Interest reserve for renovation and leasing period
Soft costs of the renovation loan
Contingency reserve

*Your leasing agent can help you with these numbers.

Your construction lender (renovation loan lender) will probably limit his loan to 75% to 80% of the total project cost.  This is known as the Loan-to-Cost Ratio.  Your renovator/borrower will have to be able provide cash or proof of prepayment of the rest.

The lender will also subject the deal to a Debt Service Coverage Ratio analysis based on the projected rents and expenses in the Pro Forma Operating Statement, but interest rates are so low today that almost all deals cash flow comfortably.

The Loan-to-Value Ratio must also not exceed 70% to 75%, based on finished and leased value of the property, known as the Stabilized Fair Market Value.  Most REO's, however, sell at such large discounts that the LTV is unlikely to be a problem.

If you want your construction loan (renovation loan) to fund, my advice is to concentrate on documenting the costs that your borrower has pre-paid.  Your deal will turn on whether he can show that he is contributing 20% to 25% of the total cost of the project.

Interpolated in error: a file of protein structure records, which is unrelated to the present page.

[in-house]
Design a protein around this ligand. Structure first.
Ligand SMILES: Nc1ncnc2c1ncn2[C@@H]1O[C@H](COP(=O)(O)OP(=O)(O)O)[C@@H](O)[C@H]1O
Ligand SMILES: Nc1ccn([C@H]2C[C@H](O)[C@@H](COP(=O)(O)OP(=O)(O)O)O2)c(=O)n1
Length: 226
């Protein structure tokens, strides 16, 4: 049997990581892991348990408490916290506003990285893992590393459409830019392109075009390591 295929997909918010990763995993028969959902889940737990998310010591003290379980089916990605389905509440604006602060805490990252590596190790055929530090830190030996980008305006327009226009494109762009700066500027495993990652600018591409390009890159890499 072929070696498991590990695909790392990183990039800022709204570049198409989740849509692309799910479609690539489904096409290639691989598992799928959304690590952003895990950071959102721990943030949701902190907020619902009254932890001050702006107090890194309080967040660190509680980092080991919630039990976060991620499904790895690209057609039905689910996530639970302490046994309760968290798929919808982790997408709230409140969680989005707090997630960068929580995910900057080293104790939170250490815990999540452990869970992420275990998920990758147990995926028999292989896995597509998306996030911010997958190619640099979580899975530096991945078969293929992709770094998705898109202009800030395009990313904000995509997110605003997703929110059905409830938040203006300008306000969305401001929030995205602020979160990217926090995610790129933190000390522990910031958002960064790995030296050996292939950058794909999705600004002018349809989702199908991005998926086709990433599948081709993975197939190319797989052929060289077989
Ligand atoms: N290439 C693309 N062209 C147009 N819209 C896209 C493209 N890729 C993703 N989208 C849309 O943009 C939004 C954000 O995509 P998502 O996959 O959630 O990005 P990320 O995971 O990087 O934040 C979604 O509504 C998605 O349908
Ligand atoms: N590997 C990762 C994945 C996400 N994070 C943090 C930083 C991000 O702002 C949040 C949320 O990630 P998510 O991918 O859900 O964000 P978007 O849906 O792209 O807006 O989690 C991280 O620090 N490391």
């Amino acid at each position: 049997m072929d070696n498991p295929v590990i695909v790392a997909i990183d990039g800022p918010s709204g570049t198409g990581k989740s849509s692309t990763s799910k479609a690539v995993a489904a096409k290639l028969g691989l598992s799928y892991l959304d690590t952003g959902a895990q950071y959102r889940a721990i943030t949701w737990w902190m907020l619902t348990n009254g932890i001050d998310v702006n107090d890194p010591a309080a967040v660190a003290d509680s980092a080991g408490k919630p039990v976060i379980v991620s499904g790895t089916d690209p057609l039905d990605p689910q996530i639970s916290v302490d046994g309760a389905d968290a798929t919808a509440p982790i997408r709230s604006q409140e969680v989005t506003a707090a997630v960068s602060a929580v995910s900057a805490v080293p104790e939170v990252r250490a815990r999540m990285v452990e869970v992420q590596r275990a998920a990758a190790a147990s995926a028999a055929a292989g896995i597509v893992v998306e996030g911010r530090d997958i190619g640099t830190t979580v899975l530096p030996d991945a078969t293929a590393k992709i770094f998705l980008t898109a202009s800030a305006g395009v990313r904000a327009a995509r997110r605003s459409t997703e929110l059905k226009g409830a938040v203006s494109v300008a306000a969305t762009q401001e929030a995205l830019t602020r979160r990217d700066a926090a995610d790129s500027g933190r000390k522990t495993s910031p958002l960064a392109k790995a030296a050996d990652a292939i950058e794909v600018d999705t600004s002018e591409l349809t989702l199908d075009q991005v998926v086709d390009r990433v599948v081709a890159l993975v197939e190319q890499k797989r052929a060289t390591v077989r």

The good news is that the economy is booming, companies are expanding, and banks make a ton of dough on construction loans.  Renovation loans, structured like construction loans, are also far less risky than ground-up construction loans for the bank because the walls and the roof on your property have probably already been errected.

To submit your renovation loan (or any commercial real estate loan) to our 750 hungry commercial lenders, simply click on the button below:


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C-Loans, Inc. is also now offering business loans not secured by real estate.  We closed an interesting $300,000 deal last week with a peer-to-peer lending platform, which is just a fancy way of saying a tiny syndicate of private investors.  Just like private investors invest in the hard money commercial loans originated by my hard money mortgage company, Blackburne & Sons, private investors are now making business loans directly to small businesses, in effect cutting out the bank.  We actually closed one such deal last week, and the wonderful thing is that business loans usually close in less than ten days!  


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Wow!  Last week I wrote a blog article about Deflation and Negative Interest Rates.  That article was re-Tweeted five times, shared on Facebook twice, and shared on Linked-In a whopping 29 times.  Thanks, guys.  That meant a lot ot me.

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Topics: Commercial Renovation Loans